We must slow down and eat purposefully keeping in mind that eating is a process and we must perform the first step in a proper manner. During subsequent processes the digestive system will autonomously absorb nutrients to provide the energy that our body needs.
Slow down! Experience each meal. Use all of your senses to be delighted by food. Allow your eyes to absorb the cornucopia of colors from a bowl of fresh fruits or vegetables. Inhale the fabulous aroma of an exquisitely prepared sauce. Bask in the sweet flavor of a favorite dessert and exhalt the sounds your teeth make as they masterfully masticate your most delectible desire.
Chewing helps… Makes You Feel Full Faster
When you take the time to properly chew your food, you will eat slower, and far less, but still feel full after your meal. Eating slower gives your brain time to register that you are eating, and therefore it is able to send a signal that you are full when you have eaten enough. You usually have to be about 20 minutes into the meal before your brain is able to send this signal.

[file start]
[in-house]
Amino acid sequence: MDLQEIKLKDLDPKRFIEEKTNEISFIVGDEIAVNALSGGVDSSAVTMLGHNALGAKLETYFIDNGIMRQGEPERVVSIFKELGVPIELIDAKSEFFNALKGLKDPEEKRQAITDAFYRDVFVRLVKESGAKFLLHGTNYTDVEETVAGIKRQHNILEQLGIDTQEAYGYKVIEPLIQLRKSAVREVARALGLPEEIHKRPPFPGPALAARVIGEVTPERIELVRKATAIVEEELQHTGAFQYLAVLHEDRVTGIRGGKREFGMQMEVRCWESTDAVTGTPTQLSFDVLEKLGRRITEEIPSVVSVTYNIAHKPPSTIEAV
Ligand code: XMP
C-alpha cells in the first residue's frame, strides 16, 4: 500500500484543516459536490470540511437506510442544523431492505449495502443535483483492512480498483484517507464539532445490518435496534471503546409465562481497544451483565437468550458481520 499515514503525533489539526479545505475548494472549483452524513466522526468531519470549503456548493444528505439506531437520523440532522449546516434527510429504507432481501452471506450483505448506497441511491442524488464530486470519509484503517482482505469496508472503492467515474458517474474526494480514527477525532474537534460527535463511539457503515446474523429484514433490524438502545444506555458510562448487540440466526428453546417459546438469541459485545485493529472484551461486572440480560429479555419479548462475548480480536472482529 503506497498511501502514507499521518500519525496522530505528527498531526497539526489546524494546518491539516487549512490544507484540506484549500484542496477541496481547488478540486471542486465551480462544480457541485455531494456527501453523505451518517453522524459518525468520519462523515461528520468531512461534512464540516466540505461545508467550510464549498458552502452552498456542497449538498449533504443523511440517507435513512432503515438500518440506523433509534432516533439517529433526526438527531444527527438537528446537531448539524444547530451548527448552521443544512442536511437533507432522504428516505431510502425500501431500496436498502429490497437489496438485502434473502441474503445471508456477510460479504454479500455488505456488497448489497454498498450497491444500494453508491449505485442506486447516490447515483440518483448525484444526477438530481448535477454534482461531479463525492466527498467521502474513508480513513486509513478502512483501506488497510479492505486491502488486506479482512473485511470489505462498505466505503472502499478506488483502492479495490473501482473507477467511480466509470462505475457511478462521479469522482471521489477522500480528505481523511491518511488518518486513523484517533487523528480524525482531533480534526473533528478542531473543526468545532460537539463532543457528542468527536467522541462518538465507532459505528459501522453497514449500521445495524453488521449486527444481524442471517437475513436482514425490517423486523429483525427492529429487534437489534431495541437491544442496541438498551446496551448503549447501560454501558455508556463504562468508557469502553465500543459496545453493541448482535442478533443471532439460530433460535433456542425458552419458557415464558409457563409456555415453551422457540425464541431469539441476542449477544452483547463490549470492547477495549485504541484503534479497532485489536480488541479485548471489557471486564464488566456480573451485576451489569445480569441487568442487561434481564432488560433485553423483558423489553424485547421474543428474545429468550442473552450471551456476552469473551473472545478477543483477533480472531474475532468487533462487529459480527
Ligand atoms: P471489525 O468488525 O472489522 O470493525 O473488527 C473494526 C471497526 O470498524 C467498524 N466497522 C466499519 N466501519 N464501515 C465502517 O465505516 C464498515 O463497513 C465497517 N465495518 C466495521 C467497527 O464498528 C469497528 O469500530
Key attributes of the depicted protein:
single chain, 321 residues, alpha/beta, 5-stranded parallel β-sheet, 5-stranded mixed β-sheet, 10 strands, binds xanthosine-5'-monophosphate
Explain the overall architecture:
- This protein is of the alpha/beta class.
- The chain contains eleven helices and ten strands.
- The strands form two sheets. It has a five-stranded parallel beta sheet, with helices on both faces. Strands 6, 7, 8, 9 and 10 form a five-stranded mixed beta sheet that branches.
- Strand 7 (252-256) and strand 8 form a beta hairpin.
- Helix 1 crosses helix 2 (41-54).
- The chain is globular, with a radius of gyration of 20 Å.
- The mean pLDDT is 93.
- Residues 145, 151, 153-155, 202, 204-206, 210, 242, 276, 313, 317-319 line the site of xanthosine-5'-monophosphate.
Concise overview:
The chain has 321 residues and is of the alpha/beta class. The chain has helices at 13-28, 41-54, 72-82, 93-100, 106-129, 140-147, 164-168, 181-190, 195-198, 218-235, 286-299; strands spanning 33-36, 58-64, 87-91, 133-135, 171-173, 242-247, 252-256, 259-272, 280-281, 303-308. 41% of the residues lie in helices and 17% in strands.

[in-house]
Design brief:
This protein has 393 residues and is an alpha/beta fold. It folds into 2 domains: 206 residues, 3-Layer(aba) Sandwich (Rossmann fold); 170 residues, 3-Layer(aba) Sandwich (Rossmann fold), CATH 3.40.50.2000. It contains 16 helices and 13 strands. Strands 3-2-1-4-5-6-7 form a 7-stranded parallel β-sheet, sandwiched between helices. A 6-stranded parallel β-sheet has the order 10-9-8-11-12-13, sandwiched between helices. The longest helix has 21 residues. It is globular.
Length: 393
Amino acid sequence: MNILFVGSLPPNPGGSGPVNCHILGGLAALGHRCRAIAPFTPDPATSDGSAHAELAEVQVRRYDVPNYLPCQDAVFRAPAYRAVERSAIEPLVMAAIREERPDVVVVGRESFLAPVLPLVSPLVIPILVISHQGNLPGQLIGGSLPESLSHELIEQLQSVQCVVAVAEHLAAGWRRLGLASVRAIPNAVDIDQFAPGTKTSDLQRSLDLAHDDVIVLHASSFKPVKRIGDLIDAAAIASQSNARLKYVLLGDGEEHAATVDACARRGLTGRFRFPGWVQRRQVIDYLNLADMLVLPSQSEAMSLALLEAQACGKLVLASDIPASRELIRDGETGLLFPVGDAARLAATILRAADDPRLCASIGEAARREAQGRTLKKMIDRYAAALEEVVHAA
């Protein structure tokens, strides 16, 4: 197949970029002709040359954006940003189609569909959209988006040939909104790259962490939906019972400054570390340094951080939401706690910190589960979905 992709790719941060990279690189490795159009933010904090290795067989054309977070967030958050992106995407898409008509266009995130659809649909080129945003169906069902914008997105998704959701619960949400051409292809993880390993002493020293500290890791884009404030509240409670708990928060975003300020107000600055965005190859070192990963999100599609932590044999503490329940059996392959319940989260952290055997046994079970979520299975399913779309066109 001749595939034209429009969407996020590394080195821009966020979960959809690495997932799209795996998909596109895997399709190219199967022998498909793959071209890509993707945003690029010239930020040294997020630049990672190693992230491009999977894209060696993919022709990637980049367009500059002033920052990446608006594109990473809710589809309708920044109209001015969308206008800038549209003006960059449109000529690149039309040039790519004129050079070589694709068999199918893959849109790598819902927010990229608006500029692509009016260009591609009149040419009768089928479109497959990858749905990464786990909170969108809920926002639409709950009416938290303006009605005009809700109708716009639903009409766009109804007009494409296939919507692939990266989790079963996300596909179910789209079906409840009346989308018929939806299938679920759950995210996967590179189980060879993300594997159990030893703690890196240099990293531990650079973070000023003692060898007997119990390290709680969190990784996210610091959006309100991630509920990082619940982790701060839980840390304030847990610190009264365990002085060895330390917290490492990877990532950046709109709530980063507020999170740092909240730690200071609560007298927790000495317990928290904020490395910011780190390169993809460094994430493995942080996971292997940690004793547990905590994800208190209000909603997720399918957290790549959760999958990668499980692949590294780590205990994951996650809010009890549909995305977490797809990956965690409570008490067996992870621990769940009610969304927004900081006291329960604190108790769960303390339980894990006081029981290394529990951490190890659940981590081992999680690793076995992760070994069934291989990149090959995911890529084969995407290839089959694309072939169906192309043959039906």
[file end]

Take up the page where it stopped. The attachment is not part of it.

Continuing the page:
Chewing Helps… Absorb Nutrients
Digestion begins in the mouth as soon as the food is exposed to saliva. The longer you chew your foods, the more the food will be exposed to saliva, and as a result more nutrients will be absorbed. This is especially true for nuts and seeds as well as fruits and vegetables, as they contain hard cellulose fibers which cannot be broken down anywhere but in the mouth. This is why when you eat nuts, corn or other vegetables they just seem to pass through your system if they are not properly chewed.